In July, British Airways announced that it would retire all of its Boeing 747-400s prematurely, given the impact that the pandemic has had on air travel demand. The airline had 28 Boeing 747s, which were an average of 23 years old. As any avgeek can attest to, seeing airlines retire this iconic plane is a sad sight. Well, here’s an even sadder sight…
British Airways has stored many of its 747s at Castellon Airport in Spain, which has the airport code CDT. Well, unfortunately today one of these parked 747s caught fire, and it caused some significant damage to the plane.
— Fly News (@flynewsmagazine) November 23, 2020
Firefighters were called to extinguish the fire, and all the planes in the immediate vicinity were moved.
It would appear that the aircraft in question has the registration code G-CIVD (while I’m sure it’s a coincidence, you can’t spell COVID without “C,” “I,” “V,” and “D,” all of which are letters in the registration). #2020
While the registration isn’t visible in the video, the only 747 in the oneworld livery at the airport has that registration code. This particular plane was manufactured in 1994, so it’s about 26 years old.
This plane was flown from London to Castellon on August 18, and has been parked there ever since, preparing to be scrapped. The plane flew its last revenue flight from Lagos to London on April 18.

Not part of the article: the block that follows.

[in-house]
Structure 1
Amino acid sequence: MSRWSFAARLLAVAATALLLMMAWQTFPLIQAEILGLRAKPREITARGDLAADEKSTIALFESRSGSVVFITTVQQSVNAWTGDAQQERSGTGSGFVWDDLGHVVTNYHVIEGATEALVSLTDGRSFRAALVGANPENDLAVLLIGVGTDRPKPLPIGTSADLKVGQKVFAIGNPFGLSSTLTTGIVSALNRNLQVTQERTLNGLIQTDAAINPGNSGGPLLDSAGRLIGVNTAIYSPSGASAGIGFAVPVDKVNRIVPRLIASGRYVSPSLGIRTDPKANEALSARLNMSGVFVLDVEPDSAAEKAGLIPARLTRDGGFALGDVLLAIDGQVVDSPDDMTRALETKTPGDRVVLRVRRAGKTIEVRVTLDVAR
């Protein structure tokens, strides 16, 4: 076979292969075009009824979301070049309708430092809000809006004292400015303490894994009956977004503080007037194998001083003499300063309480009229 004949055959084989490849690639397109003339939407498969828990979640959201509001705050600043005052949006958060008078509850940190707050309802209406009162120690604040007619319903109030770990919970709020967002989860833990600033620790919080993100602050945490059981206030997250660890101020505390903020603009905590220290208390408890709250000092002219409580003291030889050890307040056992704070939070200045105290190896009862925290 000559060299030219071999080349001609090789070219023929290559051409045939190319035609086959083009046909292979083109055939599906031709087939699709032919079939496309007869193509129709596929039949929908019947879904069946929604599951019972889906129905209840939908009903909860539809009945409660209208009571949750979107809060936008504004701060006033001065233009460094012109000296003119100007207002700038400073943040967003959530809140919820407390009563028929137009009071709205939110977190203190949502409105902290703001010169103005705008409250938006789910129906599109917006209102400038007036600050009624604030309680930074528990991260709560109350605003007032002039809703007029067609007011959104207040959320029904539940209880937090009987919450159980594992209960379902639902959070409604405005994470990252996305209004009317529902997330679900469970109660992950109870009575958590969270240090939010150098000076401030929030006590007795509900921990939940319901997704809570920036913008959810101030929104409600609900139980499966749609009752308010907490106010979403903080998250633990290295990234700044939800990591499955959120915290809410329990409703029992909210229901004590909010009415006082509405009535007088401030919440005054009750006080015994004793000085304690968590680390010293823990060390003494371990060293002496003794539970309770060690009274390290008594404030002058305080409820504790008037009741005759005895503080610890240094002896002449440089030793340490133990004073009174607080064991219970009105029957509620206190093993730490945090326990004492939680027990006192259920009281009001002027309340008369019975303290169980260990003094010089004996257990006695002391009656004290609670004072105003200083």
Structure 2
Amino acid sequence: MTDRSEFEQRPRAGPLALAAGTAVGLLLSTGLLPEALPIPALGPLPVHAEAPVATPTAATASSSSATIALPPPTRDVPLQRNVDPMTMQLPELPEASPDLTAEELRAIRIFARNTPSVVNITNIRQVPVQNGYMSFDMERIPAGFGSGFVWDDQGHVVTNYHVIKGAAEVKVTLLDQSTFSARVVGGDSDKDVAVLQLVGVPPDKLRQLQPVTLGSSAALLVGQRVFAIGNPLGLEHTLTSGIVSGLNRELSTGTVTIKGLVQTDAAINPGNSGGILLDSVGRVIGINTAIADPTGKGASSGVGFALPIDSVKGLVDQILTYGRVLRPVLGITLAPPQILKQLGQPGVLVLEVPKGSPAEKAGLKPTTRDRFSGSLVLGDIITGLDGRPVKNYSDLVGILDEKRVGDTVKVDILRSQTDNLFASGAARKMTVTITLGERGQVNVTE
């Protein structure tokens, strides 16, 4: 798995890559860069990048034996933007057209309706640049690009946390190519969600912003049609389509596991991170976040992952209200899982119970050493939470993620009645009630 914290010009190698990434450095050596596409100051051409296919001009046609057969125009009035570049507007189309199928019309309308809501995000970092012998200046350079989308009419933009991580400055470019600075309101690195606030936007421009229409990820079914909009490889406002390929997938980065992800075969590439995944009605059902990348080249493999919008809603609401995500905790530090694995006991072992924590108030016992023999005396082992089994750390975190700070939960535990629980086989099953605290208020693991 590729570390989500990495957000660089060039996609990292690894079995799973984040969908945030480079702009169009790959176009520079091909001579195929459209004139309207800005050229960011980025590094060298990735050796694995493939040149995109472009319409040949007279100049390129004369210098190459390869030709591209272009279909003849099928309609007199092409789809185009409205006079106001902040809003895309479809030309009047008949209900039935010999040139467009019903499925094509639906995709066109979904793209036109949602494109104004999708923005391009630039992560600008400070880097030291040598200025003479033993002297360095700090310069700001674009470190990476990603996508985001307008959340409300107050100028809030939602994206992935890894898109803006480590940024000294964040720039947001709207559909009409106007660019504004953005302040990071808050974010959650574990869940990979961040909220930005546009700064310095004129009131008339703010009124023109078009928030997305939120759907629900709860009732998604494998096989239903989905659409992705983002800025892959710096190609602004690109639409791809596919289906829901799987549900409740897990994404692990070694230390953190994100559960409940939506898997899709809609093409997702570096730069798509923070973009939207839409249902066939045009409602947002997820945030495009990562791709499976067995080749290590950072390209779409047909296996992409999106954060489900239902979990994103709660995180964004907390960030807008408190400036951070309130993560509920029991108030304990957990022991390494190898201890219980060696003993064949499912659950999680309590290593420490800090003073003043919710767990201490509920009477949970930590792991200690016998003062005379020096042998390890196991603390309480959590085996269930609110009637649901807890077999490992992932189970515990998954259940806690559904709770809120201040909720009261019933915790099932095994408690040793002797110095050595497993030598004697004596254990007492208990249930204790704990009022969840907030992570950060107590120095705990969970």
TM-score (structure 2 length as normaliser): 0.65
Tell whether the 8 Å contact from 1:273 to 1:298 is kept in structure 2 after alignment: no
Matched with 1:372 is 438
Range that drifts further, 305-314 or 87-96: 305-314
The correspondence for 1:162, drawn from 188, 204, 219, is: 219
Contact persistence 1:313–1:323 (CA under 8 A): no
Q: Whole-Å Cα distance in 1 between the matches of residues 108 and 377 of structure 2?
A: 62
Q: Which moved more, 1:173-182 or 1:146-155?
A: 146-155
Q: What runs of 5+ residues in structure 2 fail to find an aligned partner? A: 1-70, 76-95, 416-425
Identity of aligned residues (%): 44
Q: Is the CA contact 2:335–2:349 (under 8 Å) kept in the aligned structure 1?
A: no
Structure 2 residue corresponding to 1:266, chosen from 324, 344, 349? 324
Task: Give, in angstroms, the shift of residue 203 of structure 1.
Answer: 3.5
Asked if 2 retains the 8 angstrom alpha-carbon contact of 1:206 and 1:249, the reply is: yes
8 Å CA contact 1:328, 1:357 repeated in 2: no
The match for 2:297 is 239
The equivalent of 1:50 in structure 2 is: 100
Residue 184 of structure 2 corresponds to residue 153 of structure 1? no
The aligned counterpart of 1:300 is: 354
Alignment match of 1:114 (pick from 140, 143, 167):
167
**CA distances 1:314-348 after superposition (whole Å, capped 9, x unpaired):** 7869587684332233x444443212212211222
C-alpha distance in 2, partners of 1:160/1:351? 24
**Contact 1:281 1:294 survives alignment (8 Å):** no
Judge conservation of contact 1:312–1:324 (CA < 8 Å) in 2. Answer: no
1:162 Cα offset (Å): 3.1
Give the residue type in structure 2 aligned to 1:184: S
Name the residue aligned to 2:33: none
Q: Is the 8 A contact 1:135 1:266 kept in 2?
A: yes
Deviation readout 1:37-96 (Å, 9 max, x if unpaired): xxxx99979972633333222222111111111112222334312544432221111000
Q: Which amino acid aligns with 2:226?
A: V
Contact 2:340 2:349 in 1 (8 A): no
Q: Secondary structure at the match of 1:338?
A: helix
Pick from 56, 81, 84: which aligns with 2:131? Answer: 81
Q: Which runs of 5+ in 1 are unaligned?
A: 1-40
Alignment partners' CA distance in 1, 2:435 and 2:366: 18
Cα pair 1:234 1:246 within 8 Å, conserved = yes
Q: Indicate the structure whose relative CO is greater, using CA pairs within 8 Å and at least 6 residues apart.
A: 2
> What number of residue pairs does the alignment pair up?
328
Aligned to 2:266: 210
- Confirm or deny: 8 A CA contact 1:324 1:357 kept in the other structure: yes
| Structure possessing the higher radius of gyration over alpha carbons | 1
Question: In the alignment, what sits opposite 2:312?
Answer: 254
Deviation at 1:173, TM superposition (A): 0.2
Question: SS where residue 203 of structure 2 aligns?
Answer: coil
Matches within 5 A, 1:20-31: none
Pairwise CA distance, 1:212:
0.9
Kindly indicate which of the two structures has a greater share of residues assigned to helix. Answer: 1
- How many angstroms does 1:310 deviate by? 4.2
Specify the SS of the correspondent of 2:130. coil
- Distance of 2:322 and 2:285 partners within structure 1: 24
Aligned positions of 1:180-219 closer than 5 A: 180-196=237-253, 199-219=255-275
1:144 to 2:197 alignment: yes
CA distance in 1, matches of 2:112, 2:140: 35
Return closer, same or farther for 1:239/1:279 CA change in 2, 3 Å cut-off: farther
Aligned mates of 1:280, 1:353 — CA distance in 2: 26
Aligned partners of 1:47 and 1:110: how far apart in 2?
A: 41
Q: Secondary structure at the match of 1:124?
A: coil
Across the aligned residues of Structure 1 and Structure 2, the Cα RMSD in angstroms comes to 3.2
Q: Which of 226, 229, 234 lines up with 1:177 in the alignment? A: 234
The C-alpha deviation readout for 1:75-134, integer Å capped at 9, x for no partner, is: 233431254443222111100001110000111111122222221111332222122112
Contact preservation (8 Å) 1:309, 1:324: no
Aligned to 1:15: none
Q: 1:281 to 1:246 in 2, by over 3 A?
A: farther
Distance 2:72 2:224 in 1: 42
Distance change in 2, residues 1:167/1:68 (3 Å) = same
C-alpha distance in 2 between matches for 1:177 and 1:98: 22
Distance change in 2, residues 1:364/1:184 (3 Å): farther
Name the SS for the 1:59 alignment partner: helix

In late 2018 I flew the other British Airways 747 in oneworld livery from London to New York, but that plane had the registration code G-CIVZ, and the plane is stored in Newquay.
Another British Airways 747 in the oneword livery
I’ll be curious to see if we learn more about what happened here (or since you guys are collectively extremely knowledgable, I’d welcome any insights here):
- Was this fire caused by an electrical issue, or what could result in a stored jumbo jet catching fire?
- How much does this decrease the scrap value of the plane?
Sad thing to see, eh?
(Tip of the hat to @bladeclubber)